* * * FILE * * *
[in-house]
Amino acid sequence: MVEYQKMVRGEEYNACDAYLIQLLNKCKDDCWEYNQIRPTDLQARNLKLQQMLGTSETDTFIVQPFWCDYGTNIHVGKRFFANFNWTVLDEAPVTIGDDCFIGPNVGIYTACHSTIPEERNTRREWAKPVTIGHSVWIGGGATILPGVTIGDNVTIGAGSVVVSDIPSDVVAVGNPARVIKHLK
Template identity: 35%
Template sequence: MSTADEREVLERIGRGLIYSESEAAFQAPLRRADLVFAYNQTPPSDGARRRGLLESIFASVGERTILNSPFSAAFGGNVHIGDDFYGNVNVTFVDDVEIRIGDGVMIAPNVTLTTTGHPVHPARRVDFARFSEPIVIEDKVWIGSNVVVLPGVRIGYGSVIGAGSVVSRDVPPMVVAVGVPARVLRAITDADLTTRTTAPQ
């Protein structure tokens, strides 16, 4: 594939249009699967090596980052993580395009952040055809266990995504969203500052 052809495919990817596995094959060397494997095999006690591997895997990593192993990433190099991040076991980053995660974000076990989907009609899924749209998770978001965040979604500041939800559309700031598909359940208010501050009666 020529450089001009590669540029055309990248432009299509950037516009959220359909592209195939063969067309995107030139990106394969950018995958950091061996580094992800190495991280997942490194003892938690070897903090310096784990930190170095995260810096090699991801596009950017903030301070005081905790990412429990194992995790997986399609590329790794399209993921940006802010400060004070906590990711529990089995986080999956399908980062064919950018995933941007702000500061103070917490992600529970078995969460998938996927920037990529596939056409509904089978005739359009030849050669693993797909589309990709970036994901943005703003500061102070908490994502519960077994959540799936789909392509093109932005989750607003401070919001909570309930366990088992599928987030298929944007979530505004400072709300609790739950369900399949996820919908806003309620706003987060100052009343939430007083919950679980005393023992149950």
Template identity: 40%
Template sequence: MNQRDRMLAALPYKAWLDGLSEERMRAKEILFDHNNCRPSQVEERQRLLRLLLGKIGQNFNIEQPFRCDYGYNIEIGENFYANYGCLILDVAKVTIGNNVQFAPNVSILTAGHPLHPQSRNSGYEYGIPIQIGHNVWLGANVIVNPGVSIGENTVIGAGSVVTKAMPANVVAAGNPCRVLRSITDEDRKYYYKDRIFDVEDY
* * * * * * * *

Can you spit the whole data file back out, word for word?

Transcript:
[in-house]
Amino acid sequence: MVEYQKMVRGEEYNACDAYLIQLLNKCKDDCWEYNQIRPTDLQARNLKLQQMLGTSETDTFIVQPFWCDYGTNIHVGKRFFANFNWTVLDEAPVTIGDDCFIGPNVGIYTACHSTIPEERNTRREWAKPVTIGHSVWIGGGATILPGVTIGDNVTIGAGSVVVSDIPSDVVAVGNPARVIKHLK
Template identity: 35%
Template sequence: MSTADEREVLERIGRGLIYSESEAAFQAPLRRADLVFAYNQTPPSDGARRRGLLESIFASVGERTILNSPFSAAFGGNVHIGDDFYGNVNVTFVDDVEIRIGDGVMIAPNVTLTTTGHPVHPARRVDFARFSEPIVIEDKVWIGSNVVVLPGVRIGYGSVIGAGSVVSRDVPPMVVAVGVPARVLRAITDADLTTRTTAPQ
């Protein structure tokens, strides 16, 4: 594939249009699967090596980052993580395009952040055809266990995504969203500052 052809495919990817596995094959060397494997095999006690591997895997990593192993990433190099991040076991980053995660974000076990989907009609899924749209998770978001965040979604500041939800559309700031598909359940208010501050009666 020529450089001009590669540029055309990248432009299509950037516009959220359909592209195939063969067309995107030139990106394969950018995958950091061996580094992800190495991280997942490194003892938690070897903090310096784990930190170095995260810096090699991801596009950017903030301070005081905790990412429990194992995790997986399609590329790794399209993921940006802010400060004070906590990711529990089995986080999956399908980062064919950018995933941007702000500061103070917490992600529970078995969460998938996927920037990529596939056409509904089978005739359009030849050669693993797909589309990709970036994901943005703003500061102070908490994502519960077994959540799936789909392509093109932005989750607003401070919001909570309930366990088992599928987030298929944007979530505004400072709300609790739950369900399949996820919908806003309620706003987060100052009343939430007083919950679980005393023992149950």
Template identity: 40%
Template sequence: MNQRDRMLAALPYKAWLDGLSEERMRAKEILFDHNNCRPSQVEERQRLLRLLLGKIGQNFNIEQPFRCDYGYNIEIGENFYANYGCLILDVAKVTIGNNVQFAPNVSILTAGHPLHPQSRNSGYEYGIPIQIGHNVWLGANVIVNPGVSIGENTVIGAGSVVTKAMPANVVAAGNPCRVLRSITDEDRKYYYKDRIFDVEDY